Photographes animaliers


Yva Momatiuk and John Eastcott, a wife and husband team, are internationally published photographers of nature. Nomadic for years before the birth of their daughter Tara, whose arrival induced them to hang their hats in the Catskills with a sweeping view of old river valleys, they spend most of the year following animals, ever-changing landscapes, and moving with the light and the seasons while exploring the color, rhythm and wild essence of remote places.

A New Zealander, Eastcott published his first book of photographs at 17, earned a degree in photography in London, and met Yva in Wyoming near the Grand Tetons while touring the American West. They soon decided to share their photographic credits, proposed their first story idea to National Geographic and embarked on their Canadian Arctic assignment for the Still Inuit, Still Free article in 1976. More articles for the Society followed, documenting the lives of Maori of New Zealand's East Cape, high country sheep farmers of New Zealand, mountain people of Poland and Slovakia, and the inhabitants of the marine and sub-Arctic realm of Newfoundland and Labrador.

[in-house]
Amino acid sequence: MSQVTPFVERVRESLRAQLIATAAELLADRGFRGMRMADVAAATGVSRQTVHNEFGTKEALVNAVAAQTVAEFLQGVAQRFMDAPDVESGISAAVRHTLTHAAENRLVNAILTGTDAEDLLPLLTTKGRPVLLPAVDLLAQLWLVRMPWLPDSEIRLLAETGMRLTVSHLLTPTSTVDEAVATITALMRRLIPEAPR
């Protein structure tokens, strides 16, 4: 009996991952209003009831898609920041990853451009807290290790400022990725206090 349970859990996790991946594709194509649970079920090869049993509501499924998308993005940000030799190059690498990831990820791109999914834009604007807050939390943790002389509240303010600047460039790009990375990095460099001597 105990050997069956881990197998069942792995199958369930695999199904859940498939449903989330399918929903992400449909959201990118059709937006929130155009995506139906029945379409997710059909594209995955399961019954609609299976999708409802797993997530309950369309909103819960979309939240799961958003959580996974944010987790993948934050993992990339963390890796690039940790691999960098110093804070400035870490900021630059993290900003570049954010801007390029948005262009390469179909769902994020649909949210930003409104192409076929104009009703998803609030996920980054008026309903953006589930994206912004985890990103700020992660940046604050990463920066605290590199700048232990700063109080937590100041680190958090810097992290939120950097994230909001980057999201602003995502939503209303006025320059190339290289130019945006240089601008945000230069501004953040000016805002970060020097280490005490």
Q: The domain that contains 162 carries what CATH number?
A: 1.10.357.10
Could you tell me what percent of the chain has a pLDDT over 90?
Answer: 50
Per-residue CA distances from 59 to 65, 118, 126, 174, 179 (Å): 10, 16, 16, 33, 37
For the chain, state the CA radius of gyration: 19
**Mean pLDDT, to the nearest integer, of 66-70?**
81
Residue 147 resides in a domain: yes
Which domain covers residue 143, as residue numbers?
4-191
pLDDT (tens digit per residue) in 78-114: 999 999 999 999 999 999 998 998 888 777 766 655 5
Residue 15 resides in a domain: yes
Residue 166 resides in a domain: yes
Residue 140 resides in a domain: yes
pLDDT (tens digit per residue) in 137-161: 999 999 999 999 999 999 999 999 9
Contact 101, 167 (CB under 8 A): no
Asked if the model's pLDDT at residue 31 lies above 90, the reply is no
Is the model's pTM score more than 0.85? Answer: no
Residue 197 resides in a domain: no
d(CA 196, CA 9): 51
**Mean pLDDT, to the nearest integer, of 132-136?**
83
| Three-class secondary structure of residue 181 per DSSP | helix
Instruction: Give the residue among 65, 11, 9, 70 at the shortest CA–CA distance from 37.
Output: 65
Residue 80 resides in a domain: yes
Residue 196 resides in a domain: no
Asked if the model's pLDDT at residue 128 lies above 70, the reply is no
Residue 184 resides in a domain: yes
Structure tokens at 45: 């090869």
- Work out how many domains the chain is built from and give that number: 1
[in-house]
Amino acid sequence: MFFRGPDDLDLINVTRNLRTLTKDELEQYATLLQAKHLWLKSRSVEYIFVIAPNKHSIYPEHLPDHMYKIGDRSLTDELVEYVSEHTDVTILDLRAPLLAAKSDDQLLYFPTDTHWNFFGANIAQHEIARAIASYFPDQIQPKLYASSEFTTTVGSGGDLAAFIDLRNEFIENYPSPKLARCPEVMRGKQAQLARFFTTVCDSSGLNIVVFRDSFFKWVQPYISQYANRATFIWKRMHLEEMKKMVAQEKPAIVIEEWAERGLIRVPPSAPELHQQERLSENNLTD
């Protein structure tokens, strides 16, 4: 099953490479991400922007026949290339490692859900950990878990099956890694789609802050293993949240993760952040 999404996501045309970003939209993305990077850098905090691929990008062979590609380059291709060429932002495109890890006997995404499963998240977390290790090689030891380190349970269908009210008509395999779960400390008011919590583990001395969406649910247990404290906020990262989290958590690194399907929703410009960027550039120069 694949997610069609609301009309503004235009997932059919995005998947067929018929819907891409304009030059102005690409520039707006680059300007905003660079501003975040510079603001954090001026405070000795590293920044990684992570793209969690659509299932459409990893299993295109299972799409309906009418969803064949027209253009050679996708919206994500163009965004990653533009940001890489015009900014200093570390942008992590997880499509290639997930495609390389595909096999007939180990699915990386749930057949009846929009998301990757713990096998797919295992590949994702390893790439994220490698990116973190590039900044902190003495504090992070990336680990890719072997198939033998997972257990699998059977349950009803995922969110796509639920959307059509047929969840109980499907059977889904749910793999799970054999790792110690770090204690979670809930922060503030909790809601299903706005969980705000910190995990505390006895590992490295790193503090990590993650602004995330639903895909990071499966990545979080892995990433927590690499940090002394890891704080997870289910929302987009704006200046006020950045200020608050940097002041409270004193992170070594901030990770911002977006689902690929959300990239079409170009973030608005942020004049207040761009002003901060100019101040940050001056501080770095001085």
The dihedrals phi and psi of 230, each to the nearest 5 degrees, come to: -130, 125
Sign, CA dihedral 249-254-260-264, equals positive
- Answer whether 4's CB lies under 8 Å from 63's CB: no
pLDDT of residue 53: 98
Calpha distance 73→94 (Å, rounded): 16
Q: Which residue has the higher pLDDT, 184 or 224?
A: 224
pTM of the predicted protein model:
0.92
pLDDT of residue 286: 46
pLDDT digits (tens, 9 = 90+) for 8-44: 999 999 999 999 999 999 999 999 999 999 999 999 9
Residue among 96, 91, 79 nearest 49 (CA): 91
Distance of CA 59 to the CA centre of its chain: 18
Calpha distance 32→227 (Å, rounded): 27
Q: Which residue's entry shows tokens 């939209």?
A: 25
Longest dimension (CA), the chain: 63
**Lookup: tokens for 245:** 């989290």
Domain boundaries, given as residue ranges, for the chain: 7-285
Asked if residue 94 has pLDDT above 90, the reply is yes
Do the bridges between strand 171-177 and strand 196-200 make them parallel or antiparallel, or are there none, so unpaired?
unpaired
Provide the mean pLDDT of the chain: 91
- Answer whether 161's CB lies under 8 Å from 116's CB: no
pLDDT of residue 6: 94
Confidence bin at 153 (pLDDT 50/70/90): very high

Momatiuk and Eastcott have followed the mustangs of the American West protected under the 1971 Free Roaming Wild Horse and Burro Act, and had their body of work appear in a book of images and a Smithsonian cover story. They spent many seasons in Alaska, explored the American Southwest, the coast of the Gulf of Mexico, and the river swamps of the South. They also returned to the polar regions of the Canadian Arctic, photographed in New Zealand, Afghanistan and Kashmir, explored arid pampas of Patagonia and the outback of Australia and Africa.

They practice long commitments to places they love, and spent three summers exploring the Pribilof Archipelago and other islands of the Bering Sea in Alaska, documenting the rich marine wildlife and a stewardship program designed to strengthen the young Aleuts' link with the natural world and rekindle traditional values and land ethics of their people. The coverage resulted in a National Wildlife article, a Ranger Rick story for which the couple received RR's annual Magazine Writing Award, and an annual award of the Alaska Conservation Foundation for excellence in still photography dedicated to environmental issues. Their image of Mt.McKinley in Alaska became the 80-cent U.S. international airmail postal stamp.

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